- Energy slumps not correlated to glucose: Ramsey writes, “Turns out, the body is more complicated than I had initially thought. Blood sugar levels don’t exactly correlate to energy levels. There are other factors, like caffeine intake, hormones, how well I slept the night before, how hydrated I am, and general feelings of procrastination, that could contribute to my afternoon slump. And even in cases when my blood sugar stays low, like while running long distances, it doesn’t mean I’m out of fuel.”
Ramsey also delves into two psychosocial aspects of wearing a diabetes device that many in our community know all too well:
- That people out in public generally don’t know what a CGM is, and that sometimes people even poke at it on our bodies believing it’s some new type of sports tracker like a Fitbit.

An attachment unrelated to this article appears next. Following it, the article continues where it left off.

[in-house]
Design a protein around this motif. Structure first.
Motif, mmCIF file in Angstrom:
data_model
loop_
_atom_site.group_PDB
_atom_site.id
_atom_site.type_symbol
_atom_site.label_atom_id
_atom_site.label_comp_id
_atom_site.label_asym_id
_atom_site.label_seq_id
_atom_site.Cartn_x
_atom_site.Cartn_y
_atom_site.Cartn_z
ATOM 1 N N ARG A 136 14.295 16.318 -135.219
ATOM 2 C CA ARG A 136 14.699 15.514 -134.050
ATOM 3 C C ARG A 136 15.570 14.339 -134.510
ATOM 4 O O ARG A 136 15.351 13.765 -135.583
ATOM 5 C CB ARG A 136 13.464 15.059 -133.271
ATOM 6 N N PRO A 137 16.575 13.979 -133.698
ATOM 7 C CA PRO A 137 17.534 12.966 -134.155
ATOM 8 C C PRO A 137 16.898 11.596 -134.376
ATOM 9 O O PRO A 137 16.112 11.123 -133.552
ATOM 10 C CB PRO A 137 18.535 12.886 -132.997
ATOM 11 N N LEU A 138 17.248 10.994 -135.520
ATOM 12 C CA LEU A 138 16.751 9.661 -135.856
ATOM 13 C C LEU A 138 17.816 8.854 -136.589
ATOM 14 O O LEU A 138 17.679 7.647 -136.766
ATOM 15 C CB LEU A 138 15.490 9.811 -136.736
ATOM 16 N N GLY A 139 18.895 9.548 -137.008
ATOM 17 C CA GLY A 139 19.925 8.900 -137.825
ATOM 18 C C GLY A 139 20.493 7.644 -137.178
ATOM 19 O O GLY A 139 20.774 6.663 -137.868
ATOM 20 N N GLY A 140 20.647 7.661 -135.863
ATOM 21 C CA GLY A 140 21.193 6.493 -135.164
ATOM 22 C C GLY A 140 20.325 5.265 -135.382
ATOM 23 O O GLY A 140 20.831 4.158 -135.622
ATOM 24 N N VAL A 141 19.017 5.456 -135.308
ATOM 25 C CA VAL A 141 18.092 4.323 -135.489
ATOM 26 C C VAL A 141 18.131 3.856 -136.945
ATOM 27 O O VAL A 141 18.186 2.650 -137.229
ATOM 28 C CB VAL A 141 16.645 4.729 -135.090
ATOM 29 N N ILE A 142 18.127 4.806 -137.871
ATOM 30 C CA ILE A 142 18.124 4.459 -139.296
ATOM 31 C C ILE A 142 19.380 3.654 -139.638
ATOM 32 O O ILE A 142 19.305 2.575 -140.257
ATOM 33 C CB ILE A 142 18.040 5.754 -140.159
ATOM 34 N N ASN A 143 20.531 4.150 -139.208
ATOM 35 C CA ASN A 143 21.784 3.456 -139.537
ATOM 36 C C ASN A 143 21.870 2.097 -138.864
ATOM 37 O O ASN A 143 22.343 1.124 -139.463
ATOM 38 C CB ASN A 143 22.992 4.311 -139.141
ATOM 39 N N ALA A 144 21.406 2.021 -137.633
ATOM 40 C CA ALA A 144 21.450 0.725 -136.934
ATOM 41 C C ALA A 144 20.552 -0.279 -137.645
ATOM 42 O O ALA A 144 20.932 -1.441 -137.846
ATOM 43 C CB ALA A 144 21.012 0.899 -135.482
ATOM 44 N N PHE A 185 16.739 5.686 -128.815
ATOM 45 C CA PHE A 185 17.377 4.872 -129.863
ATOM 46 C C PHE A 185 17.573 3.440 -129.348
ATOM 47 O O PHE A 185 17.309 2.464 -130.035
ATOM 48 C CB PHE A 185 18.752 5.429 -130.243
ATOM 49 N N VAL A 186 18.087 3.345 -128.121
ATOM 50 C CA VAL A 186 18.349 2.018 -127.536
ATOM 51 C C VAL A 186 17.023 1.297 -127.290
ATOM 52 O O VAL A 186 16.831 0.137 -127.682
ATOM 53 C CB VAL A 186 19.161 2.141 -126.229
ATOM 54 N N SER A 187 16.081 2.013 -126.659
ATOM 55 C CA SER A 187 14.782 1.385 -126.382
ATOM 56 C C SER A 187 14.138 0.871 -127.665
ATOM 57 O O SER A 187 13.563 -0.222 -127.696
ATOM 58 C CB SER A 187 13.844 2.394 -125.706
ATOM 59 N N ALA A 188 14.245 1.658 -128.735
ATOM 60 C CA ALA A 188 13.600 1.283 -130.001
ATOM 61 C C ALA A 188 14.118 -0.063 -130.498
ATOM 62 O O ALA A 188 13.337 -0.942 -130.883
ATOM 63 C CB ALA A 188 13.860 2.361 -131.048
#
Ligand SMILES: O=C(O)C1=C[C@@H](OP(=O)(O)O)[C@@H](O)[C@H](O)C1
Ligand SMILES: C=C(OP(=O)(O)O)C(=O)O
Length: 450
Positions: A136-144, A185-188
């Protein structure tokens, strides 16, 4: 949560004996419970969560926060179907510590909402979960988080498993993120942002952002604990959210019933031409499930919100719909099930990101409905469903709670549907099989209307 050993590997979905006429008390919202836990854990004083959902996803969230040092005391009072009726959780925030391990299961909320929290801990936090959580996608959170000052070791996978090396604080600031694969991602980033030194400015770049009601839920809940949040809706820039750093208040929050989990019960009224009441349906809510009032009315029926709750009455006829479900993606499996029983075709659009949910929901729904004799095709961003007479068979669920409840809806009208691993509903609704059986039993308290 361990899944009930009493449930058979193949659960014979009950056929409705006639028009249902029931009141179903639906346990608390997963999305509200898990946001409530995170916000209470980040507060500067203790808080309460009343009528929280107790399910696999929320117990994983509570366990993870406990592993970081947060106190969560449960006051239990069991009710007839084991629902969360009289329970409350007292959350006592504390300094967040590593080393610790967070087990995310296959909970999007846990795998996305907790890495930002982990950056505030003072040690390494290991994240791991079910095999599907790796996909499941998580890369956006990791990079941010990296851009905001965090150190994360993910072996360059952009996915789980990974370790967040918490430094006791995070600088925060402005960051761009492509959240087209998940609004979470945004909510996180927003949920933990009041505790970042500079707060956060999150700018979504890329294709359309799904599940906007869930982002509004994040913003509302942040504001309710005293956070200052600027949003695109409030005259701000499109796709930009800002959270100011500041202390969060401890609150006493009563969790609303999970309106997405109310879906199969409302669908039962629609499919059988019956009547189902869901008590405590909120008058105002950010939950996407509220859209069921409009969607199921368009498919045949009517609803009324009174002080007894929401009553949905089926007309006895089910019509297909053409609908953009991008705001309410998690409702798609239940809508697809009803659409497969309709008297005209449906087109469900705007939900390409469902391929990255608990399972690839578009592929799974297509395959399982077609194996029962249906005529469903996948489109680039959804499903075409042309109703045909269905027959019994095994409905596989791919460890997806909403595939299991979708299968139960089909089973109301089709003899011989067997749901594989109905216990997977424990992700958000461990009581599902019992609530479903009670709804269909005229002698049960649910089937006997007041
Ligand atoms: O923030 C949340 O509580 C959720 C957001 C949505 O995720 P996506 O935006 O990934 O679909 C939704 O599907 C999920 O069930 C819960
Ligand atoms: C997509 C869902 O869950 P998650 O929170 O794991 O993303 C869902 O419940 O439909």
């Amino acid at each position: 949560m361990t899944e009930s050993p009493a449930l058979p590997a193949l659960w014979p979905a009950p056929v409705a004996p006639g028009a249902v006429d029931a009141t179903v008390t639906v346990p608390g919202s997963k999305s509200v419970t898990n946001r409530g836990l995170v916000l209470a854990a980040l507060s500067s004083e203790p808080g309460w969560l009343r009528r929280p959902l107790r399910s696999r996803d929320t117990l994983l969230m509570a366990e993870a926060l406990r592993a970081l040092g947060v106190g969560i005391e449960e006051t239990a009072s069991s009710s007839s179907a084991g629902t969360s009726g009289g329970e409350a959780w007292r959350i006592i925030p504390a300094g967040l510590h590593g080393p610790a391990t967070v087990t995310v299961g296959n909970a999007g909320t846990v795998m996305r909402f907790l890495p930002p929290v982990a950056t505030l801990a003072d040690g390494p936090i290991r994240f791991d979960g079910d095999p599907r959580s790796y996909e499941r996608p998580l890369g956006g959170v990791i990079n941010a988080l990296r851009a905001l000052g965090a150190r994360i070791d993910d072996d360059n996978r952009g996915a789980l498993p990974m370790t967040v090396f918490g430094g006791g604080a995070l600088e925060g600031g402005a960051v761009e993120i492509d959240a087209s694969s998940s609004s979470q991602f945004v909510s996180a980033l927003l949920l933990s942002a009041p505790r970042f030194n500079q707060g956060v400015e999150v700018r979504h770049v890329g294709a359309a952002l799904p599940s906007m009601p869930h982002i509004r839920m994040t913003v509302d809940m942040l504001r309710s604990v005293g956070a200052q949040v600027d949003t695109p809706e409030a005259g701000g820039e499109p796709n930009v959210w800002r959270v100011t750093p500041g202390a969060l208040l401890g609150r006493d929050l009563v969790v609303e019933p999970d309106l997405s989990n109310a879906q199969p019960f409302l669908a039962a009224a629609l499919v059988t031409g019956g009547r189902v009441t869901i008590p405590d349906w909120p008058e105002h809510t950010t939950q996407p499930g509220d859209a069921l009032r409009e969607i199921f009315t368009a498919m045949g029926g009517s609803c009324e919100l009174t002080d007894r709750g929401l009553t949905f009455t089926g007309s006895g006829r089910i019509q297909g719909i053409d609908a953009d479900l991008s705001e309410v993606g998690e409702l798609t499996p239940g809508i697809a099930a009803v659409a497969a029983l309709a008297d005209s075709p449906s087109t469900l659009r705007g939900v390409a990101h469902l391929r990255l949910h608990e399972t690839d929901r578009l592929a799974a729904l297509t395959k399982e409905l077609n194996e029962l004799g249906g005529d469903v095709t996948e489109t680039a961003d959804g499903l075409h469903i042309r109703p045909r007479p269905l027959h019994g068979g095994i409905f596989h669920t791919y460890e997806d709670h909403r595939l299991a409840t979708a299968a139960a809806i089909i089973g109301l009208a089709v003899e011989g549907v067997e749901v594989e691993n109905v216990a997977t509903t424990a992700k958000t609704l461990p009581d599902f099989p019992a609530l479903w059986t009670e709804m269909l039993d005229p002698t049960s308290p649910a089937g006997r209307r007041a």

- Location matters, in terms of finding the right spots on the body to wear the device. She learned that the struggle is real, when it comes to worrying about snagging a CGM sensor on clothing, seatbelts or other objects.
Ramsey summarizes her CGM trial by stating that while her BG fluctuations were in fact minimal, “I still learned a lot about my body, and by the end, I was bummed I had to take it off.”
In her article, Ramsey notes: “For tech workers taking a DIY approach to biology, CGMs offer a way to quantify the results of their at-home experiments around fasting, exercise, stress, and sleep.” She links to another Business Insider article from January 2017 in which non-diabetic Bay Area biohackers wore CGMs simply to study the uses of such medtech devices.
Of course there are those who have tried wearing a CGM or insulin pump out of empathy, as a way to better understand what their child or other PWDs in their lives may be experiencing. This includes some healthcare providers, for example Lily Nichols, a registered nurse and CDE who does not have diabetes but reported about the experience of trying the device being prescribed to patients in a quite informative blog post.